On the coast of Lake Michigan in Illinois, this contemporary, waterfront home is an artful composition of geometric form, glass, and stone designed to intentionally dissolve traditional boundaries to its shoreline landscape. There is a curated depth to its experience, from entry sequence to lakefront facades providing unobstructed, albeit layered, views outward to the lake. Colors take on a thematic thread in its interior like in the playful use of shower tiles, furnishings, and abstract geometry of a stained-glass window. And there are moments of delight within as light serves definitive inspiration such as in the skylit conservatory-like sunroom above the garage.
Its muse also quietly speaks of late modernist principles and of the postmodern—a movement whose definition is often as elusive as it was in constant evolution during its prominence. The combination blends openness and structural expression with a pluralism and uniqueness, serving as a personalized artifact reflective of its owners. Designed by the Evanston-based firm of Morgante Wilson Architects Ltd. for clients with an affinity for art and conversation, this home offers a transformational space for them to live and to entertain.
“We firmly believe design can change your life. People are organized, but they often don’t have spaces they can be organized in. People don’t realize how much time their brain is occupied with how their current space often doesn’t function. But if it is well-designed, it clears your brain out to then be able to enjoy life and live in an environment that is beautiful and calming to your psyche. We 100 percent believe that design, from floor plans and finishes to lighting and furniture textures, work to enhance your life. We are big on that,” said Fred Wilson, AIA, founding partner of Morgante Wilson Architects.
“We just think design is transformative in someone’s life and this home is exactly that. The clients lived in a very typical, dark bungalow that you didn’t realize one room flowed into another, and they are very artistic, very cultured, and they entertain a lot. They are into very interesting conversations and I think this house is now a place for them to really thrive in their lives,” Wilson added.
Morgante Wilson Architects is an award-winning architecture firm that draws inspiration from its clients. Since 1987, the firm has embraced a philosophy that places the client as central to a collaborative process, listening carefully to ideas, preferences, and concerns to ultimately deliver homes that integrate livability, a sense of ease, and an organization of space that welcomes and inspires. For the past 35 years, the firm has developed a portfolio of residential and commercial work in a variety of styles in new construction and renovation across architecture, interior design, and custom furniture work.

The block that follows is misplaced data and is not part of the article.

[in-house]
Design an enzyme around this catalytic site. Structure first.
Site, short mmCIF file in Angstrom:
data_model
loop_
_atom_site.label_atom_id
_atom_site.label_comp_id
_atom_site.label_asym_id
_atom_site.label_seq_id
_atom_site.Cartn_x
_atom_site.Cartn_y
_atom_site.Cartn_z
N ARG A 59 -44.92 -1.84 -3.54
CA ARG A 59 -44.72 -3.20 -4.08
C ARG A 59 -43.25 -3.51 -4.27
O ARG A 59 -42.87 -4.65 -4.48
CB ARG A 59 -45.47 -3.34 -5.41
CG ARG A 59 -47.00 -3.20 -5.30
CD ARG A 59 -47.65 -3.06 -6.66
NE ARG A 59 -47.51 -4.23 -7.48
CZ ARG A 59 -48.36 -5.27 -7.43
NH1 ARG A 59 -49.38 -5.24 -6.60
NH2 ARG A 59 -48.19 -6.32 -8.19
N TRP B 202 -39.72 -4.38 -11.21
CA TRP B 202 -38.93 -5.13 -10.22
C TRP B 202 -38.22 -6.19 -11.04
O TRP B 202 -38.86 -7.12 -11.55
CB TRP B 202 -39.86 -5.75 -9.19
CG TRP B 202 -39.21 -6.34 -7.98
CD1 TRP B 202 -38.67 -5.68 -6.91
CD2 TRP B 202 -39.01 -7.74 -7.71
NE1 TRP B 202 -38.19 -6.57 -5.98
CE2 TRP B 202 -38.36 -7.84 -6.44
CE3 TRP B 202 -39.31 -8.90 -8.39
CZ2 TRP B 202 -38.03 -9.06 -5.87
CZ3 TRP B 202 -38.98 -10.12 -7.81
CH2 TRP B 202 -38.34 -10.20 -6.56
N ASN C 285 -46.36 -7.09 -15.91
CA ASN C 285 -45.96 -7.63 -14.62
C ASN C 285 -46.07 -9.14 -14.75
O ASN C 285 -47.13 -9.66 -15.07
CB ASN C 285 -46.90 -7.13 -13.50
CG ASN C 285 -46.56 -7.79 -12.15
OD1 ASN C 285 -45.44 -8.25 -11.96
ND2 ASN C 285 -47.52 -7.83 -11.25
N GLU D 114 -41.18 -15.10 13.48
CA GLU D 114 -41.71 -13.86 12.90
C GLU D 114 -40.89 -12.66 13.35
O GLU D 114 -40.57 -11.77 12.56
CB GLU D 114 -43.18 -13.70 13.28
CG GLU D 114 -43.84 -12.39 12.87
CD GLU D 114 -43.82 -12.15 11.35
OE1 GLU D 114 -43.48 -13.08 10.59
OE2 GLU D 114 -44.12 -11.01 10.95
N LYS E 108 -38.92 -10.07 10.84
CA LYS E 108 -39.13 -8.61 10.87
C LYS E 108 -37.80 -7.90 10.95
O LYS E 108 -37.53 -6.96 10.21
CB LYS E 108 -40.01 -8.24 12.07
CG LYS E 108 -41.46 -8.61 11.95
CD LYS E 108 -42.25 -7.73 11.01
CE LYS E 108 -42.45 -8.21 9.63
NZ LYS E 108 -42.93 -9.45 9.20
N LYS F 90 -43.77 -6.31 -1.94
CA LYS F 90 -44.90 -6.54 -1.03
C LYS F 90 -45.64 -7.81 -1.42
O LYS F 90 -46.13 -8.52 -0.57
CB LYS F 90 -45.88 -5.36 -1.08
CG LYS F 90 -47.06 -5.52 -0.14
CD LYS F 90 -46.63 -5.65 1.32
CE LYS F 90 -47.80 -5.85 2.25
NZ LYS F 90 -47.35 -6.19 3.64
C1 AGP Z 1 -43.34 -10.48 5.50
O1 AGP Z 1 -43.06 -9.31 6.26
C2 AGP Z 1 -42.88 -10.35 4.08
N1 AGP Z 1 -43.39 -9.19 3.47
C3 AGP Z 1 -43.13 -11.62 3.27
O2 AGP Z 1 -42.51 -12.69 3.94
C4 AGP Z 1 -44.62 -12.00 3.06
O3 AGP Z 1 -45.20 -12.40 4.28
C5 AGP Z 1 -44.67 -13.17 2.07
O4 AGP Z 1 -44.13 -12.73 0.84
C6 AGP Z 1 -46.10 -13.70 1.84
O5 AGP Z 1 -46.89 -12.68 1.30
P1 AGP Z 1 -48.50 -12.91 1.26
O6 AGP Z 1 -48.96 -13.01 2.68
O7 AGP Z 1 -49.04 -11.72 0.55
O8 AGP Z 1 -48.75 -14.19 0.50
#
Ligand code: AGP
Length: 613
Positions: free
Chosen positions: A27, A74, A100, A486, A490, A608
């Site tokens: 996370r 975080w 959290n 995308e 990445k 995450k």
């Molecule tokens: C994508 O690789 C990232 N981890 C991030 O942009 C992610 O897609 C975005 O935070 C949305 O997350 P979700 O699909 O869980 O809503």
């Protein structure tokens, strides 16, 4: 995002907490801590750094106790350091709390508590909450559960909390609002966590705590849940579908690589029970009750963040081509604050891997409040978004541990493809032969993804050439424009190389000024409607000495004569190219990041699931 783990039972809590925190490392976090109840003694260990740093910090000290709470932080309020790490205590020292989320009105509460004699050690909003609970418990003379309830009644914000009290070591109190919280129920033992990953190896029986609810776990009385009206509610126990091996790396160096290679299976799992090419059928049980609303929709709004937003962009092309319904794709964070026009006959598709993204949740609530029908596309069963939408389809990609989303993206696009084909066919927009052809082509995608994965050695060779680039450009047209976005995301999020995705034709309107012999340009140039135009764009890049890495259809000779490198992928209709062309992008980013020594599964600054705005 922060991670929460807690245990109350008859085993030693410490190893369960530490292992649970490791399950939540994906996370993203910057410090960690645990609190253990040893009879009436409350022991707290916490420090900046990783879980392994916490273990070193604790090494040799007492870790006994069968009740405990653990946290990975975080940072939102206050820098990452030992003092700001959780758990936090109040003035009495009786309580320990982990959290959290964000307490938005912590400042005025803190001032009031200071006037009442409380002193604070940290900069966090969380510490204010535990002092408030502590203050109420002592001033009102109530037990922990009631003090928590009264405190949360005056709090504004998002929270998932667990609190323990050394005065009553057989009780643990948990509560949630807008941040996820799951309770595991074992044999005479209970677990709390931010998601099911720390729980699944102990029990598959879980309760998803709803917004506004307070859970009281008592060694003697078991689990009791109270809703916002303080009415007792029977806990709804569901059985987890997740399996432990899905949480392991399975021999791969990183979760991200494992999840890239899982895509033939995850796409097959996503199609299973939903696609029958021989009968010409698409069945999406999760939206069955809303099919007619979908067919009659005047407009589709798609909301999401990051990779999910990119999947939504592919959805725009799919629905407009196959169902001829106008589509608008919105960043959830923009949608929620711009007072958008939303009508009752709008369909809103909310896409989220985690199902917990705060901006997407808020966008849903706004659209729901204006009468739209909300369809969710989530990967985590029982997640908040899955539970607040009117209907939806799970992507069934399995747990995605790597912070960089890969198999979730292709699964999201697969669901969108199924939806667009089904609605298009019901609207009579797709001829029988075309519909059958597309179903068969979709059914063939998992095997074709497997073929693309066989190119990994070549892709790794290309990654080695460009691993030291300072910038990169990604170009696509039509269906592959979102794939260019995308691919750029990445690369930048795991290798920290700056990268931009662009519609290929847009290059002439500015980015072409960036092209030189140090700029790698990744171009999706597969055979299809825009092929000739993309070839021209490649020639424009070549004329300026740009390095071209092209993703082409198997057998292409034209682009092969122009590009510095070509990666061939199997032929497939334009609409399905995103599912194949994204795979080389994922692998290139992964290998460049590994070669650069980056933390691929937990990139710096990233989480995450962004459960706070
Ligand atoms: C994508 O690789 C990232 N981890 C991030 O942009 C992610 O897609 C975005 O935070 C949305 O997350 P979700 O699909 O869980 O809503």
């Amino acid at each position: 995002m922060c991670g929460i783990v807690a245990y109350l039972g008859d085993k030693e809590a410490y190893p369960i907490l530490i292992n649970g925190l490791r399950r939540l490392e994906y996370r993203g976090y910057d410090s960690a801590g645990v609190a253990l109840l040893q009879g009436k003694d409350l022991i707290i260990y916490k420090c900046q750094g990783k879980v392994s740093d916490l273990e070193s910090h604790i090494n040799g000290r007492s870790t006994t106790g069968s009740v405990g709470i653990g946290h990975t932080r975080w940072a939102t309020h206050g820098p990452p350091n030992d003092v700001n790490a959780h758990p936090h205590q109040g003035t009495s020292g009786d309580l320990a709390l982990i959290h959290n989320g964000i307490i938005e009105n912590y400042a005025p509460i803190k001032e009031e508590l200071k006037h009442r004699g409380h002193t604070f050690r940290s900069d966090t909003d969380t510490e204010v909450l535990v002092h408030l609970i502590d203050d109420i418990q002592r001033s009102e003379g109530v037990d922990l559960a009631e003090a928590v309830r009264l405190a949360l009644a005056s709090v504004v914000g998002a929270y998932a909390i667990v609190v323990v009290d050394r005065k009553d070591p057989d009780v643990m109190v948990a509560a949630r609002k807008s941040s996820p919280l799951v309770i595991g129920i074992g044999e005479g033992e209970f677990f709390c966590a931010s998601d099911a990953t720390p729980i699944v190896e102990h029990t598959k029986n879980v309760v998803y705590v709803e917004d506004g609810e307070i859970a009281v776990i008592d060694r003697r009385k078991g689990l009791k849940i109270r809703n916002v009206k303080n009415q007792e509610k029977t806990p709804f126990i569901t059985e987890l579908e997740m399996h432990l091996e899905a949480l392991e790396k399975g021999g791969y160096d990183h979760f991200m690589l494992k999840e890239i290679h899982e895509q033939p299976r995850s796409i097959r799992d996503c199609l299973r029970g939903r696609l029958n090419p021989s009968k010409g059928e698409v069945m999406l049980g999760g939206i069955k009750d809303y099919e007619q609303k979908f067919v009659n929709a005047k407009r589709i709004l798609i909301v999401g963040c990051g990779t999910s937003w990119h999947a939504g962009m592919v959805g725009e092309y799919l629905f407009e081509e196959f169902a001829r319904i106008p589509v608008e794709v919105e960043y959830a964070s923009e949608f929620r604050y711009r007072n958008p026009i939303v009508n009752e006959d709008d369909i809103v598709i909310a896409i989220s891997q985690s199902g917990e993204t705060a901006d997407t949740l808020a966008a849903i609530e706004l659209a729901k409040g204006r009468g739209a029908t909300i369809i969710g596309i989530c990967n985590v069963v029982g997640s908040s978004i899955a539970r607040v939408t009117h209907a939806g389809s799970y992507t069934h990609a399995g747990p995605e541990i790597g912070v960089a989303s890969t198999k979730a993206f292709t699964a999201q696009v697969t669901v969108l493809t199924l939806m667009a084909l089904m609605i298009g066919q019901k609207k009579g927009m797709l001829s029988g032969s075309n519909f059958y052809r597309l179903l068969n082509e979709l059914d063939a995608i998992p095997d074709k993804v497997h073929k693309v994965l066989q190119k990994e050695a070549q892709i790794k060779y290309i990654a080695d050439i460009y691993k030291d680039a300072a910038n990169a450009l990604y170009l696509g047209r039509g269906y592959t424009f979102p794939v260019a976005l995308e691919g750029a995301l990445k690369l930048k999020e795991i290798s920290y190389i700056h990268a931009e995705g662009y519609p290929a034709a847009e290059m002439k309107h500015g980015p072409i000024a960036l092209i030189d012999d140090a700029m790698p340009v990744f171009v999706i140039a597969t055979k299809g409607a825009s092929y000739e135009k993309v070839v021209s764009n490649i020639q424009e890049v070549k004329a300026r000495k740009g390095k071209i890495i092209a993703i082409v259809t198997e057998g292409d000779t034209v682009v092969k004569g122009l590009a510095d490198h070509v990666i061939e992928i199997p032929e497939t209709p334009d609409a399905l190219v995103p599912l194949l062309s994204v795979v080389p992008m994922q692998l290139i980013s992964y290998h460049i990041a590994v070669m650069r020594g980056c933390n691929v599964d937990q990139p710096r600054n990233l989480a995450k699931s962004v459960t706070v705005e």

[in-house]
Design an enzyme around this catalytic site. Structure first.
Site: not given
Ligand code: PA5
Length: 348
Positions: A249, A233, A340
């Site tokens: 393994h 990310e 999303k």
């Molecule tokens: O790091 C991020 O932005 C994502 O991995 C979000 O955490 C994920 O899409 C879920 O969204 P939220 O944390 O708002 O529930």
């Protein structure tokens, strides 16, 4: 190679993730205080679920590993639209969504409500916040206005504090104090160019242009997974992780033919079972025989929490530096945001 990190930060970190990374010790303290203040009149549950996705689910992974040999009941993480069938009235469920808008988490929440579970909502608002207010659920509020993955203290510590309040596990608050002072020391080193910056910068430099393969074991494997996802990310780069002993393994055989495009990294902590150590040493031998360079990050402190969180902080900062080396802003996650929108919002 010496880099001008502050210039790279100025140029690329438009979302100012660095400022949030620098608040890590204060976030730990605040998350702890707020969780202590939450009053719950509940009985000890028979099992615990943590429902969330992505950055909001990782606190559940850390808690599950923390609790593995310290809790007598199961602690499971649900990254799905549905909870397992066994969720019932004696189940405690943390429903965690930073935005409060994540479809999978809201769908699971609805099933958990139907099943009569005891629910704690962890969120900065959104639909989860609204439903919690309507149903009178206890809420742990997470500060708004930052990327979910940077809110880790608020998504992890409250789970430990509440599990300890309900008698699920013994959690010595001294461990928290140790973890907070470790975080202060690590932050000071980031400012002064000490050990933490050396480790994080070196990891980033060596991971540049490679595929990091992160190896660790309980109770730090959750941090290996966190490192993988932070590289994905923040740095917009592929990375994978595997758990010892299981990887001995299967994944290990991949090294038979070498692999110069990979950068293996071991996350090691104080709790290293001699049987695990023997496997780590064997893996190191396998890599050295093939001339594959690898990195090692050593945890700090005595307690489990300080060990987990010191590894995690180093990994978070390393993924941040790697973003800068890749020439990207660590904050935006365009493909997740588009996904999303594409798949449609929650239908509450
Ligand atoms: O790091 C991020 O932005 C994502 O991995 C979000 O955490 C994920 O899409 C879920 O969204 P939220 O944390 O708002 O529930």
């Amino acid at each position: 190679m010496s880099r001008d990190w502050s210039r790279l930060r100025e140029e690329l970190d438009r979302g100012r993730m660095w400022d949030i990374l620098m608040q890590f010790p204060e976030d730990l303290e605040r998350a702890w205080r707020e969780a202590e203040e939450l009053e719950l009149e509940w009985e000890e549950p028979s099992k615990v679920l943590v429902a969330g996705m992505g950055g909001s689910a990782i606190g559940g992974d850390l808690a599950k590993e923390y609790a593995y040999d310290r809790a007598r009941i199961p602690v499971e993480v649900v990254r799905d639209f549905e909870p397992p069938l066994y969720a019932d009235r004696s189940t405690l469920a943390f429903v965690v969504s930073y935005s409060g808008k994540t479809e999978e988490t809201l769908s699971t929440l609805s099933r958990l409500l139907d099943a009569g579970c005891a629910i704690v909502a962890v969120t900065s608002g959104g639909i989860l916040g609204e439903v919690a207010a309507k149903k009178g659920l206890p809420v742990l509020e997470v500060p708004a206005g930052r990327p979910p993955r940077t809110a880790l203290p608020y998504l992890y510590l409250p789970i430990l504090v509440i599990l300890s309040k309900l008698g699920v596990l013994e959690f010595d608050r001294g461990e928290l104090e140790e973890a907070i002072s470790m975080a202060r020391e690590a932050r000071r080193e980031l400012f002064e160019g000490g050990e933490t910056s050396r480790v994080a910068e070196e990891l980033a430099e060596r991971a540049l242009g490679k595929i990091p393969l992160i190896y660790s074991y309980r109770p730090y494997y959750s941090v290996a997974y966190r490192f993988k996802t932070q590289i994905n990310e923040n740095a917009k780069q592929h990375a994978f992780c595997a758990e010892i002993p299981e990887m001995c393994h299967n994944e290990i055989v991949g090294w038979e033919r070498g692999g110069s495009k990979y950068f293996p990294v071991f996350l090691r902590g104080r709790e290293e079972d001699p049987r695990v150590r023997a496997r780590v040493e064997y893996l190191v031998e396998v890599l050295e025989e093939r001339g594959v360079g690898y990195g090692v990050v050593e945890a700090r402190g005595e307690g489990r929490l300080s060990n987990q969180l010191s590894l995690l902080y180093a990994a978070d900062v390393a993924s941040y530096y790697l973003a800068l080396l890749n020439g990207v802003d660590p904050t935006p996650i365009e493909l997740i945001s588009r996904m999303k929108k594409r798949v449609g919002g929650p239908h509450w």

“This home is a good example of this phase we are in where we are bringing the outside into the home, where the glass is floor-to-ceiling, and it is a very comfortable, easily flowing home. It is a much more open plan and there is not a formal living and dining room; it is all about entertaining and being with your family,” Wilson said. “Our philosophy is that we can really move in any direction. We’ve done very high-end formal homes and we’ve done very casual, and the reality of it is we are very good listeners. We really listen to the homeowner as part of our team and determining what they are actually looking for and then we bring the expertise to develop it. The owners are the variable.”
Elissa Morgante, AIA, founding partner of Morgante Wilson Architects, also noted the firm’s ability to provide architectural, interior design, and custom furniture work has enhanced the overall result and experience for their clients within their home. The firm’s interior design arm, which launched roughly 15 years ago, was an intuitive move to help enrich their work and integrate details like how circulation, lighting, and furniture interacts with the architecture and the overall design.
“We start with the architecture, which is establishing the circulation, the views, and the functionality of the house, and there is usually a big idea that is organizing the architecture of it. Then, we are able to layer furniture and finishes into the house that will enhance the client’s lifestyle. As we get to know them, we can then start to suggest and implement interior design ideas that really facilitate their lifestyle,” Morgante said.
“You have to be able to ask the right questions and then listen to the answer to figure out how you are going to get to that point. Most of the houses we do are 20- to 30-year homes or family legacy homes that are going to be passed down. It is important to make the space friendly and be able to accommodate the group when they want to come together, but also enable people to have their own space so that it is a pleasurable experience,” Morgante added.